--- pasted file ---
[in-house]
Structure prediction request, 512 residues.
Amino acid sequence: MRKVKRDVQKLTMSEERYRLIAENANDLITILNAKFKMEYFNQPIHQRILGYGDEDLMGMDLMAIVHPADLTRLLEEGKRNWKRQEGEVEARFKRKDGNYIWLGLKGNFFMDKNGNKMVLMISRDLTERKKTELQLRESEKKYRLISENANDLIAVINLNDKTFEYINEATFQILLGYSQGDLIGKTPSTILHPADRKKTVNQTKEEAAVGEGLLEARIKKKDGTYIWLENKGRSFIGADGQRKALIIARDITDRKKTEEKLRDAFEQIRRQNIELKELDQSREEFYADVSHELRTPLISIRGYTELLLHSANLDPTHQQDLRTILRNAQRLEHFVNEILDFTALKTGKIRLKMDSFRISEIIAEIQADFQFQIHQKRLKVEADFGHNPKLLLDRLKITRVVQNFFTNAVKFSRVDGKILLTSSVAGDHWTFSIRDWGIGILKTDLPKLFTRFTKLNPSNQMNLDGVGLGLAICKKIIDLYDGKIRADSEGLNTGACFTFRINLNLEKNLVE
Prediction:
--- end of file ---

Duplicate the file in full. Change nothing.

[in-house]
Structure prediction request, 512 residues.
Amino acid sequence: MRKVKRDVQKLTMSEERYRLIAENANDLITILNAKFKMEYFNQPIHQRILGYGDEDLMGMDLMAIVHPADLTRLLEEGKRNWKRQEGEVEARFKRKDGNYIWLGLKGNFFMDKNGNKMVLMISRDLTERKKTELQLRESEKKYRLISENANDLIAVINLNDKTFEYINEATFQILLGYSQGDLIGKTPSTILHPADRKKTVNQTKEEAAVGEGLLEARIKKKDGTYIWLENKGRSFIGADGQRKALIIARDITDRKKTEEKLRDAFEQIRRQNIELKELDQSREEFYADVSHELRTPLISIRGYTELLLHSANLDPTHQQDLRTILRNAQRLEHFVNEILDFTALKTGKIRLKMDSFRISEIIAEIQADFQFQIHQKRLKVEADFGHNPKLLLDRLKITRVVQNFFTNAVKFSRVDGKILLTSSVAGDHWTFSIRDWGIGILKTDLPKLFTRFTKLNPSNQMNLDGVGLGLAICKKIIDLYDGKIRADSEGLNTGACFTFRINLNLEKNLVE
Prediction: